Let’s get one thing out of the way: Yes, Snoop Dogg is a legend. Nobody’s disputing that. But he’s also proven to be kind of a depressing festival headliner, churning out the same tired hits year after year with diminishing returns. Do we really need to hear another half-assed rendition of “Gin and Juice” or a version of “Nuthin’ But a ‘G’ Thang” without Dre’s iconic verse?
Snoop doesn’t even have enough of his own stuff to fill out a legacy set, it turns out. During the weird middle section of his performance — after he had already coaxed the crowd into singing the chorus to Katy Perry’s “California Gurls” — he cycled through Joan Jett’s “I Love Rock ‘n’ Roll”, Biggie’s “Hypnotize”, and 2Pac’s “Gangsta Party”. Play your own hits, dude! Following a full day of hip-hop’s brightest new stars, Snoop only showed that his blunt is almost cashed.
Odd Future is nothing if not fluid. The LA-based collective has earned a reputation for unpredictability, to the point where nobody knows quite what to expect when they show up to their own festival in piecemeal fashion. With Tyler, The Creator busy preparing for his set and other key members off doing their own thing, the group’s firepower was somewhat diluted but nonetheless formidable. Mike G made sure of that, coming out ready to rip with a green lightsaber in hand.
After fronting the group for a few songs, Mike G took a step back and let OFWGKTA compatriot Domo Genesis take over. Most of the set’s highlights came from this midsection when Domo bounced around like a firecracker and surprised the crowd with his spitfire verse from Tyler’s “Rusty”.
And then things got weird. Hodgy Beats is a hugely important part of what Odd Future does, but he looked lost for long stretches of his interminable set (or at least very clearly high out of his mind). At first, his raw freestyles and off-script asides came off as refreshing, but he lost all good will when he started berating the stage manager for simply doing his job, actually threatening to kick his ass when he got off stage. The incident wasn’t funny, though it was ironic. Hodgy had just finished a rant about how fame changes people for the worst. His own little temper tantrum served as Exhibit A, whether he knew it or not.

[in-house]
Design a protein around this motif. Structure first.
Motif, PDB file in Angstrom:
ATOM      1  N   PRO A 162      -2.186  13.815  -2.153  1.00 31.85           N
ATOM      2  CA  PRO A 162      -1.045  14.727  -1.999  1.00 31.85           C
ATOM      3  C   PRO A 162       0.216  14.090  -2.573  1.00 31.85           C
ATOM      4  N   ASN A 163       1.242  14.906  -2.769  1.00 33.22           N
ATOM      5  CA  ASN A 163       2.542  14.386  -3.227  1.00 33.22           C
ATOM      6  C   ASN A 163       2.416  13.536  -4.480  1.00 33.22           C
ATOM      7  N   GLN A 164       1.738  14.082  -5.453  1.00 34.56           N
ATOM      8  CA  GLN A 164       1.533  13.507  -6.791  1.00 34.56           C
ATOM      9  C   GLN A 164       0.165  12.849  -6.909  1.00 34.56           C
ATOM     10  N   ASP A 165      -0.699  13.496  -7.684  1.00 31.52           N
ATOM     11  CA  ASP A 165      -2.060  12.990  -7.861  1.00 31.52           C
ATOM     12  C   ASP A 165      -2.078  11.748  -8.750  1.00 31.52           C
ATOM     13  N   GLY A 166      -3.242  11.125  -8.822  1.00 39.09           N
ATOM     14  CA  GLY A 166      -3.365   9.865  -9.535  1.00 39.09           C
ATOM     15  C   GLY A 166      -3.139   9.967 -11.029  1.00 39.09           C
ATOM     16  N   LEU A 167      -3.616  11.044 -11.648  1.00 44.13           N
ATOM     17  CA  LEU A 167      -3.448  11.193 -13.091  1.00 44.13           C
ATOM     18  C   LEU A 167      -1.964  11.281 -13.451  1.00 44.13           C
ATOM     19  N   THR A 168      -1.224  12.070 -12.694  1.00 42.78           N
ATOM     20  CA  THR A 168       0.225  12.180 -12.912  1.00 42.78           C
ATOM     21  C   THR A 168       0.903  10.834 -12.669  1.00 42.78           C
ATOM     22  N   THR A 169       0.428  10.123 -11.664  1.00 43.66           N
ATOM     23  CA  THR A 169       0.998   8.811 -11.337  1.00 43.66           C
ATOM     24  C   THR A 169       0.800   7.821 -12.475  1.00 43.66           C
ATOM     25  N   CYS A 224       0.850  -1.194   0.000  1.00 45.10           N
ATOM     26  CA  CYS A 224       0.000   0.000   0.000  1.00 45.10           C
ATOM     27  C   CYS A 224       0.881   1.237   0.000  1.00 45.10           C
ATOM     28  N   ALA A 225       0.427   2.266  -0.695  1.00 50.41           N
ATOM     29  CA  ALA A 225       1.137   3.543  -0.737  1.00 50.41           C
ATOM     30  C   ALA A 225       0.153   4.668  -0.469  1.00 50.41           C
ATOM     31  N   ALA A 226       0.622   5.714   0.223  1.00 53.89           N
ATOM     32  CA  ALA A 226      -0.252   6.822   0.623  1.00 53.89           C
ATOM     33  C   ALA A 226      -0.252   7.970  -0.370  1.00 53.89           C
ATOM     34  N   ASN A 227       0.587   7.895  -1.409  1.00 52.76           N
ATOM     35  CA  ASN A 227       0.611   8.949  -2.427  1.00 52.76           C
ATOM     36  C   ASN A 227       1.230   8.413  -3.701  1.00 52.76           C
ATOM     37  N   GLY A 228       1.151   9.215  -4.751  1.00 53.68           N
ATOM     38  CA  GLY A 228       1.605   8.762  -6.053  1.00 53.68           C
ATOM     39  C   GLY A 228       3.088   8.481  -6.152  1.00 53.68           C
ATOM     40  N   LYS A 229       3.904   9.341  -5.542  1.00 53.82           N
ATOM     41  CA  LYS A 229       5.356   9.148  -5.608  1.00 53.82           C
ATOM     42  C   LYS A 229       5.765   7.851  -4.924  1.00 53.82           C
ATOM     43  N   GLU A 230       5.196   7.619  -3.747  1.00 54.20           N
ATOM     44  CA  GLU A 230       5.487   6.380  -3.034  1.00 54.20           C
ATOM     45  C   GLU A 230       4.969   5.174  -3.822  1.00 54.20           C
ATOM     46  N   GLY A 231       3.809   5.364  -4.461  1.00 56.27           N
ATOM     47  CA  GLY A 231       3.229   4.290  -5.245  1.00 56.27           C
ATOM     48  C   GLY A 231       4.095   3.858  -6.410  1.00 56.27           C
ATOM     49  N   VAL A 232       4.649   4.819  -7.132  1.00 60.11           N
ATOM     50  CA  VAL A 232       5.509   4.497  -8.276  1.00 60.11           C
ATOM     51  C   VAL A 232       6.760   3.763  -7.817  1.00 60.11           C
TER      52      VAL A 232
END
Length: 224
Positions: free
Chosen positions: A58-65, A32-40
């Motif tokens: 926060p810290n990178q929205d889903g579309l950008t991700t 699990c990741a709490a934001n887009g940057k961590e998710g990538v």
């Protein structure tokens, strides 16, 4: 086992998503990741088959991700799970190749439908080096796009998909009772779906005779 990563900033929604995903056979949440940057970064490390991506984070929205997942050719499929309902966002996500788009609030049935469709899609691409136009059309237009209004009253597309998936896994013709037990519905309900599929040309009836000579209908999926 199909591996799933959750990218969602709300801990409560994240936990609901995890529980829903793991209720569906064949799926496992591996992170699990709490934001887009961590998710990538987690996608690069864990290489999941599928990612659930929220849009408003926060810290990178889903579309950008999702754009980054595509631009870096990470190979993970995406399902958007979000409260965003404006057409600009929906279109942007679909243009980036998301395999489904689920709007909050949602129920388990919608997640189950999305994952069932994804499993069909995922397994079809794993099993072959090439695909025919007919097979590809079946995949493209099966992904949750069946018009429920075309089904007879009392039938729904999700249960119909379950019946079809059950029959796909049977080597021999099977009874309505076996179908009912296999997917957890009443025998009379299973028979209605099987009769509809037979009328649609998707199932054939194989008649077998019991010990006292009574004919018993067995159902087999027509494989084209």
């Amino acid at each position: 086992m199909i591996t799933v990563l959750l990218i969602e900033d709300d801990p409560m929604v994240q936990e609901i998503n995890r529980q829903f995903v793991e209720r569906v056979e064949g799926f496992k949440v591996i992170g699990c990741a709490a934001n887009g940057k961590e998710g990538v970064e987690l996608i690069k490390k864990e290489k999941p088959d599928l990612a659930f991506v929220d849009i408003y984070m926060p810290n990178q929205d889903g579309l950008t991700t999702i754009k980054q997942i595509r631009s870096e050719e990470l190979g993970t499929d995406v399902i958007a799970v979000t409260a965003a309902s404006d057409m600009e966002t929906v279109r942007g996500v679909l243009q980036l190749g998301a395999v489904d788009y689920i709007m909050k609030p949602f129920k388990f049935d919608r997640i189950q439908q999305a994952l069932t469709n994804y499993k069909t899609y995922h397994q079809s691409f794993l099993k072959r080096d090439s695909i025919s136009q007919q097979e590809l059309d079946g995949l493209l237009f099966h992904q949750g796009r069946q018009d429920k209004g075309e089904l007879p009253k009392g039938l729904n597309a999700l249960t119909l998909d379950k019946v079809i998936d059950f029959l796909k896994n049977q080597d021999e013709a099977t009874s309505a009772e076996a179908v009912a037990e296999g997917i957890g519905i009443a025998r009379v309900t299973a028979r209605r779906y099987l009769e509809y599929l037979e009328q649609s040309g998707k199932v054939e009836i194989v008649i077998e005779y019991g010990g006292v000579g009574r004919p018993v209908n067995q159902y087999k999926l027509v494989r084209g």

With long lines preventing many fans from getting into the festival in a timely manner, the fact that Willow Smith was the first act of the day was kind of a cruel joke, as the daughter of Will and Jada Pinkett Smith was one of the most anticipated artists on the bill. And while many couldn’t get in to watch her, Smith was unfazed, saying she couldn’t imagine a better crowd or festival to be performing for.
As for the anticipation, it delivered in all ways. Those hoping for the weirdness that we’ve witnessed in interviews with Smith and her brother, Jaden, were satisfied with some really bizarre stage banter. One song she dedicated to everyone that loves living on planet Earth, while another she prefaced by urging everyone to jump and play in creeks with their friends. And, with a reggae twist on her best known song, “Whip My Hair”, she was joined by Jaden, fit with hair primed for whipping, as the pair danced with a strange blend of confidence and obliviousness.
Smith’s parents watched from side stage, and friend Kylie Jenner was also on-hand for support, but the truth is she didn’t need any of these connections to entertain or be interesting. She’s plenty weird and talented enough to do that on her own.
It’s hard to believe that The Internet once existed as a mere two-piece, one of the more novel Odd Future offshoots, though hardly the most essential. But what started as a collaboration between Syd tha Kid and Matt Martians has since mutated into a new kind of beast, the kind that leans on a full band to flesh out its alluring blend of jazz, soul, and R&B.